Regional carrier SkyWest Airlines ordered an extra 10 Embraer E175 jets that it will operate for Alaska Airlines next year. A five-jet bump in the order is spurred by the capacity shortfall left by Alaska’s in-house subsidiary Horizon Air, which faces a pilot shortage.
In a move that Horizon Air’s CEO called “disheartening,” regional carrier SkyWest Airlines said Wednesday it will increase the number of jets it operates next year for Alaska Airlines, the parent of beleaguered Horizon.
SkyWest said it has ordered an extra 10 Embraer E175 jets that it will operate for Alaska Airlines next year — five more jets than was previously announced by Alaska in June. The order adds to the 20 E175s SkyWest is already operating for Alaska.
The five-jet bump in the order is spurred by the capacity shortfall left by Alaska’s in-house subsidiary Horizon Air, which faces a near-term shortage of pilots and has deferred deliveries of six E175s previously scheduled for delivery this fall and next spring. SkyWest’s order will fill the gap.
SkyWest is an external contractor that competes directly with Horizon to operate Alaska Airlines regional routes to smaller airports. So the expansion of SkyWest’s role takes business that Horizon might have had.
In an internal message to Horizon employees, Chief Executive Dave Campbell acknowledged that “this news is disheartening,” yet reiterated that the deferrals represent only a pause in Horizon’s growth.
He said the airline’s firm order for a total of 33 Embraer E175s will all be delivered, with the first 30 of those flying by 2020.
The deferral of the six jets last week prompted anxiety among employees and rumors that parent company Alaska Air Group would take the jets from Horizon and lease them to SkyWest.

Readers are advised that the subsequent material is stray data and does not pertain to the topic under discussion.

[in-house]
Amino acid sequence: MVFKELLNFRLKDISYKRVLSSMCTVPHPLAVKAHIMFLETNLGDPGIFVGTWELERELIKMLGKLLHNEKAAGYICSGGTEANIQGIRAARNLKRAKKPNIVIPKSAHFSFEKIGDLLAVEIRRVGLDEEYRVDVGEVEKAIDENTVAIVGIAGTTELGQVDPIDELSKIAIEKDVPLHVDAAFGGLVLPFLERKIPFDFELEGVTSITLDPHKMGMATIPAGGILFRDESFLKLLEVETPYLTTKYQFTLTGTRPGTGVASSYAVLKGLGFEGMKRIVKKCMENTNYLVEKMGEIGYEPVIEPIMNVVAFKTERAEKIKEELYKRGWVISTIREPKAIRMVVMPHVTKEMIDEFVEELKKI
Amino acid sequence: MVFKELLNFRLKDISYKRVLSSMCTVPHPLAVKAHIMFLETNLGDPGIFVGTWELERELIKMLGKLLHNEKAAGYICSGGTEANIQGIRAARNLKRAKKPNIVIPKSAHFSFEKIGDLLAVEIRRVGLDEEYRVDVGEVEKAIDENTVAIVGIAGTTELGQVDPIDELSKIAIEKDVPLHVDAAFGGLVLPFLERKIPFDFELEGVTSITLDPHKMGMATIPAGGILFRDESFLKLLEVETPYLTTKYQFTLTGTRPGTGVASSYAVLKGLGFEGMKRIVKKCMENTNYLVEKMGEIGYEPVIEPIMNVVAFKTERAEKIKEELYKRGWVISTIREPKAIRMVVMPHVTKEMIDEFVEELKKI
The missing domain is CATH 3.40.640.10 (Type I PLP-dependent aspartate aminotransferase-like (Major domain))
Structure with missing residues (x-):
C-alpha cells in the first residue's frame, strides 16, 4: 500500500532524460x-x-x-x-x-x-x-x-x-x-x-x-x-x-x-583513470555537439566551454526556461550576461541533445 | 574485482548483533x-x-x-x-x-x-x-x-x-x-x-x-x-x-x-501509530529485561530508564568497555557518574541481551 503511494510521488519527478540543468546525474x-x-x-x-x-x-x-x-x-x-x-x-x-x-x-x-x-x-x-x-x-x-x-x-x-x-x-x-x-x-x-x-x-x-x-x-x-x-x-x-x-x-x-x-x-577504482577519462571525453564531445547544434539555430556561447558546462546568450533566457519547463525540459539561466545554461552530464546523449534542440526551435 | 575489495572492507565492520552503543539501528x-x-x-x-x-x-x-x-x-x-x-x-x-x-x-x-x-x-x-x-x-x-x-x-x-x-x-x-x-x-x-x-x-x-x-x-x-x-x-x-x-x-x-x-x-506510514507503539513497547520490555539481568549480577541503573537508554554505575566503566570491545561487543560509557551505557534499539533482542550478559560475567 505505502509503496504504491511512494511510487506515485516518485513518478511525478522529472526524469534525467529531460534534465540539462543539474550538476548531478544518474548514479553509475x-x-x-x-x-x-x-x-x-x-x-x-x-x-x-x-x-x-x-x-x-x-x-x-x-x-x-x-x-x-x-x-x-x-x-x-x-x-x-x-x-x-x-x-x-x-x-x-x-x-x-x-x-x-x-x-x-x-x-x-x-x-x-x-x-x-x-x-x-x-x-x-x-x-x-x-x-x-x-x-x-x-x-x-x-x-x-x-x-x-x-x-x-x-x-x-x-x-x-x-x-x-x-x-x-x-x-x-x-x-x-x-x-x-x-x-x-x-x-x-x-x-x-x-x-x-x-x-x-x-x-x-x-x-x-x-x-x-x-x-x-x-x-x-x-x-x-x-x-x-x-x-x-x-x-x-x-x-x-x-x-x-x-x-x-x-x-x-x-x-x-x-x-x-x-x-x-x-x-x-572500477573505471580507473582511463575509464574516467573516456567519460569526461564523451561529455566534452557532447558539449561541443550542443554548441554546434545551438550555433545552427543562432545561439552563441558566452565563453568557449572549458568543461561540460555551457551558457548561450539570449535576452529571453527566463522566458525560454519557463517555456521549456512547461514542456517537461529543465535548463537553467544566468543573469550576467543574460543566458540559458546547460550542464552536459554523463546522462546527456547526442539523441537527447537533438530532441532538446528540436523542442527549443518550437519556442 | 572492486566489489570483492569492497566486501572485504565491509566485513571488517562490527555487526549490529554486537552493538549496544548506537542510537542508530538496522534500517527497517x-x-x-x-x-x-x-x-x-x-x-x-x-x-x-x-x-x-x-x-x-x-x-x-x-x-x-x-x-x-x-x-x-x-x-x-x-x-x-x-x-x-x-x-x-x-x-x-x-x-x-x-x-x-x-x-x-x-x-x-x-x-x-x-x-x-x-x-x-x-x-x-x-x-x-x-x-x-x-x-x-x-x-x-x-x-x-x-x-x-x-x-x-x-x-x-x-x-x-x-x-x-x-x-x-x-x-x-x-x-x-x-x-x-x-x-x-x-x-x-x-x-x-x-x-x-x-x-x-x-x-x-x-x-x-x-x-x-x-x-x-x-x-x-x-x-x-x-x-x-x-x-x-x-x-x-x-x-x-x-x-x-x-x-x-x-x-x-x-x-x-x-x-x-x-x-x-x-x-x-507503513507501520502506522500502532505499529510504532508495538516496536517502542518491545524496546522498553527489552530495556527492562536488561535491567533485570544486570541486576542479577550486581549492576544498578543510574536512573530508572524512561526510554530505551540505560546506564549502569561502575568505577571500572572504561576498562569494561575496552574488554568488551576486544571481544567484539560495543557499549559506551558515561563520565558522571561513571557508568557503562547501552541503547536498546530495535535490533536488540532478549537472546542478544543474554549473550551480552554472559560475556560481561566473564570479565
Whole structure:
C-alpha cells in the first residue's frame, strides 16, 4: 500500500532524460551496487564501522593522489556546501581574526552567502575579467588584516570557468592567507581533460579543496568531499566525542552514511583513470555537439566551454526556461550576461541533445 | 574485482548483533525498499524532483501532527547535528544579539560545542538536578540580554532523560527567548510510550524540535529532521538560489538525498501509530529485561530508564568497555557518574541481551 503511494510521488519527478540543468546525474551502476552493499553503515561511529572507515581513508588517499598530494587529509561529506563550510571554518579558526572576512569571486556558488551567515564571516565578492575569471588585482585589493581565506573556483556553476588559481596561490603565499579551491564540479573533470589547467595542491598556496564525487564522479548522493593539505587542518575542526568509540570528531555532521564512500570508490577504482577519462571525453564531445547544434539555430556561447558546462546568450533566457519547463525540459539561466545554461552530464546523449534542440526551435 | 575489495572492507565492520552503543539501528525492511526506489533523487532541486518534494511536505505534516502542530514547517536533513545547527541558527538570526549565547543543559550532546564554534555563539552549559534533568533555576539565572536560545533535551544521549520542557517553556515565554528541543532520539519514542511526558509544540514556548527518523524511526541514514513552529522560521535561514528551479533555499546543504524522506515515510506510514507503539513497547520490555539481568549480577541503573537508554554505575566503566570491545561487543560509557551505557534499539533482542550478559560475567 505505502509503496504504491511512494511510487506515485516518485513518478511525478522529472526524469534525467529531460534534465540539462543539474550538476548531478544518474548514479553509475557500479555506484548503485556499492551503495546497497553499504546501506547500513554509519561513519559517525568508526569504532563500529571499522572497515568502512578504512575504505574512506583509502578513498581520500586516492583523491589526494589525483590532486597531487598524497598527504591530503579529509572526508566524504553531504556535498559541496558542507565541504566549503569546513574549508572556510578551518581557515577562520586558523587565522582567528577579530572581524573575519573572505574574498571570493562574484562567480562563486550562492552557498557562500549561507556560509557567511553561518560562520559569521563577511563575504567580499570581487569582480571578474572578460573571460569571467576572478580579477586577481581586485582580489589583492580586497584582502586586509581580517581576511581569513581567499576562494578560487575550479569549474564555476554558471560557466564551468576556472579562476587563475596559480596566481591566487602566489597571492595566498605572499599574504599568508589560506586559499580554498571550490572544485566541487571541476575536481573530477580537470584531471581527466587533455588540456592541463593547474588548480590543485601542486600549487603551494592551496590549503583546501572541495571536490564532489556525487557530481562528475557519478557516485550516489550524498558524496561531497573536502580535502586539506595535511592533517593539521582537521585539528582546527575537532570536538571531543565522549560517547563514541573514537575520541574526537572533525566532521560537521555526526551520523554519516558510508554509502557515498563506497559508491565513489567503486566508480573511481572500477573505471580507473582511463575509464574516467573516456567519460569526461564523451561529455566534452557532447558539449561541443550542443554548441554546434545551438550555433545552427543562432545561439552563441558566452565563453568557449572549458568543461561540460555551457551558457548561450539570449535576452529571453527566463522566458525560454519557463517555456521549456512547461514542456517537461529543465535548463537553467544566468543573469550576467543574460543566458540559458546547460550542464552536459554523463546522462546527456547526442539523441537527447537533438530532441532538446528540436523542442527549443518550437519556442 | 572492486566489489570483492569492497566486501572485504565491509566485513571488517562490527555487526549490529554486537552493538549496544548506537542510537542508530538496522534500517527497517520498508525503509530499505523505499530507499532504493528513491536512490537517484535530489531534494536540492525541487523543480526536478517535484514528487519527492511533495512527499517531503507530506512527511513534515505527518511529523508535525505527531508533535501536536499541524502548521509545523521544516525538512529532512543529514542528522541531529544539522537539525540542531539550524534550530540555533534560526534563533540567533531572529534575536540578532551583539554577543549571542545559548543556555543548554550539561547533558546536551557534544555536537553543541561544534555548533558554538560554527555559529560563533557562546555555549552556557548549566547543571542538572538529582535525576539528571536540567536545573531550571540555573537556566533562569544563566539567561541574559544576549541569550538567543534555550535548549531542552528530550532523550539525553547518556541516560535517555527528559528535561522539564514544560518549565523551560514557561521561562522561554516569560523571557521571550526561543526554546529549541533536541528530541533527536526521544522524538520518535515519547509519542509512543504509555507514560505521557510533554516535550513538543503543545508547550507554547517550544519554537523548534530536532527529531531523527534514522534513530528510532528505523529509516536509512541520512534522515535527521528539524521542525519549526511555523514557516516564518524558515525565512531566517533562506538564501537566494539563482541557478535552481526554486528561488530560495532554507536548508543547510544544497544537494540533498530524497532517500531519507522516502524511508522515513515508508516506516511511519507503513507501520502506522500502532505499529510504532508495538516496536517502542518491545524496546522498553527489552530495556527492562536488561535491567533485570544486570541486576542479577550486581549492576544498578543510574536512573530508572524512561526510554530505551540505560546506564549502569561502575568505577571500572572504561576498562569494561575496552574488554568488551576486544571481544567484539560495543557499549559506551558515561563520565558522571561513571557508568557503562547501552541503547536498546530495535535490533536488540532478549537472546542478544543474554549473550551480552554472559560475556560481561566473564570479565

In response, Teamsters union Local 1224, representing Horizon’s pilots, filed a lawsuit Friday alleging a breach of its contract and seeking a federal court injunction to ensure only Horizon pilots can fly the aircraft.
Campbell insists that the SkyWest order is separate from Horizon’s jet order, and will not affect it.
Alaska Air Group spokesman Bryan Zidar said Wednesday that “SkyWest is buying these extra planes to take care of the needs of the people who fly with Alaska,” but that the number of E175s Horizon will take by 2020 is unchanged.
Campbell told employees that the jet deferrals will “give us the time we need to catch up on pilot hiring and training.”
“We will get though this, stronger than ever,” his message said.
Horizon has already taken delivery of the first 10 of the E175s it ordered. In addition, it flies 52 Bombardier Q400 turboprops.
Based in St. George, Utah, SkyWest is a much larger carrier than Horizon, currently operating an all-jet fleet of more than 400 aircraft, including just over 100 of the new 76-seat E175s.
It also operates flights for United, Delta and American Airlines.
SkyWest also announced Wednesday a separate new jet order for 15 E175s that it will fly for Delta.